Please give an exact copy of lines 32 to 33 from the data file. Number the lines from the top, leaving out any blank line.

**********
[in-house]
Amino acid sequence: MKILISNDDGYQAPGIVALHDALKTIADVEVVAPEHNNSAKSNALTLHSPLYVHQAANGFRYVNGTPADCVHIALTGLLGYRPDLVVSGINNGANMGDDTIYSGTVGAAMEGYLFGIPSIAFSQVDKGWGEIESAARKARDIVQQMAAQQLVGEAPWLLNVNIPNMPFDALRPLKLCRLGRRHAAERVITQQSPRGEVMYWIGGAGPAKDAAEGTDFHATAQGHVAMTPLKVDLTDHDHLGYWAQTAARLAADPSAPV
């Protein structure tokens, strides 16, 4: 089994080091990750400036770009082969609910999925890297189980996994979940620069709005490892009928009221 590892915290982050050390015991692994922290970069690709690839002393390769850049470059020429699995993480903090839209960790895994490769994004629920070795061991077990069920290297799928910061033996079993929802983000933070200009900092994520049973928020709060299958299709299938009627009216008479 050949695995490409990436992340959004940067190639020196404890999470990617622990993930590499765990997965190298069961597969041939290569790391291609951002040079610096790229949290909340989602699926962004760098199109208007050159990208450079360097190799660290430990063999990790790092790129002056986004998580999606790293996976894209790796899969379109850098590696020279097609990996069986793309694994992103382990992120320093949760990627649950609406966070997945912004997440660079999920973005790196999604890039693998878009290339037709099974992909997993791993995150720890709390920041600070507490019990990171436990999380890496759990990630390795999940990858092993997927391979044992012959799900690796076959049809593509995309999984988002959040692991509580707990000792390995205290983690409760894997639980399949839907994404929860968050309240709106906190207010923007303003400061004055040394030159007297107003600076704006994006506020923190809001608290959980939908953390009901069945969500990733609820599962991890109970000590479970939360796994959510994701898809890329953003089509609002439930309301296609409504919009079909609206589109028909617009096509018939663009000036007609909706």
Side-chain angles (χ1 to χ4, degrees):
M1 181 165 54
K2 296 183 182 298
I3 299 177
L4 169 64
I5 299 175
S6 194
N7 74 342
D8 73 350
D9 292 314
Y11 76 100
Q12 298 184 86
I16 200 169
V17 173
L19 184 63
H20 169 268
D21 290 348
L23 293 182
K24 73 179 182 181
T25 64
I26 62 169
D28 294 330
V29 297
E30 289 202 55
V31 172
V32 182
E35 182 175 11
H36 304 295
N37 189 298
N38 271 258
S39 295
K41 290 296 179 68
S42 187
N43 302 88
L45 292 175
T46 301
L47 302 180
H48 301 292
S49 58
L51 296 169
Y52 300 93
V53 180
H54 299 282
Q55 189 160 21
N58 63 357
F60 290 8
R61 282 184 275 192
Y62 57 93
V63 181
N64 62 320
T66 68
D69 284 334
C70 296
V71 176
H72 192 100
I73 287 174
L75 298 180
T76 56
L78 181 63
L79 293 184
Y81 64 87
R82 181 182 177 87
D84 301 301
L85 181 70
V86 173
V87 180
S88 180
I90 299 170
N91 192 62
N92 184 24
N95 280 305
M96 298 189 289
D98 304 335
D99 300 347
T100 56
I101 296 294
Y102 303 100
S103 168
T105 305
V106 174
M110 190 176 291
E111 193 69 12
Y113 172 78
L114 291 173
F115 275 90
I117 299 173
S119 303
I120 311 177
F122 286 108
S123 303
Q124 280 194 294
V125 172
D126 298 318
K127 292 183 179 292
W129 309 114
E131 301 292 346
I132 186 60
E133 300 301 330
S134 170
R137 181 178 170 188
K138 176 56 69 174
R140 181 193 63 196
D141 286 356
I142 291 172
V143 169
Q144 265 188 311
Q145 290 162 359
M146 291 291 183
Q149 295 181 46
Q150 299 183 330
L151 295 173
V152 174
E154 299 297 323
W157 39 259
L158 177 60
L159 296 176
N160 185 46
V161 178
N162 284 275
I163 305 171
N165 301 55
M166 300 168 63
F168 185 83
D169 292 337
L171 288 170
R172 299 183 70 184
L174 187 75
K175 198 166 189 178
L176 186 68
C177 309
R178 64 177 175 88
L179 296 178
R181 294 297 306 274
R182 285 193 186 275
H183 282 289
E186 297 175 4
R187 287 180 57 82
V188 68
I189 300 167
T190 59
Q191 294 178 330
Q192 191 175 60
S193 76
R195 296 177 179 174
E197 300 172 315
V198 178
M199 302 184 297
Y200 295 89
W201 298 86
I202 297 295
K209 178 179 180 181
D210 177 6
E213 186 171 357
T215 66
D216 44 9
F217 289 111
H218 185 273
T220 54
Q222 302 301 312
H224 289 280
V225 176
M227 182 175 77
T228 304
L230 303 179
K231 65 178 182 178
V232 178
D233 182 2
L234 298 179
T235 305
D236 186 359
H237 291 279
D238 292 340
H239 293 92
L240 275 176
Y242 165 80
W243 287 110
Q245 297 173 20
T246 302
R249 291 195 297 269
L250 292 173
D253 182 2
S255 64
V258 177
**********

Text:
N37 189 298
N38 271 258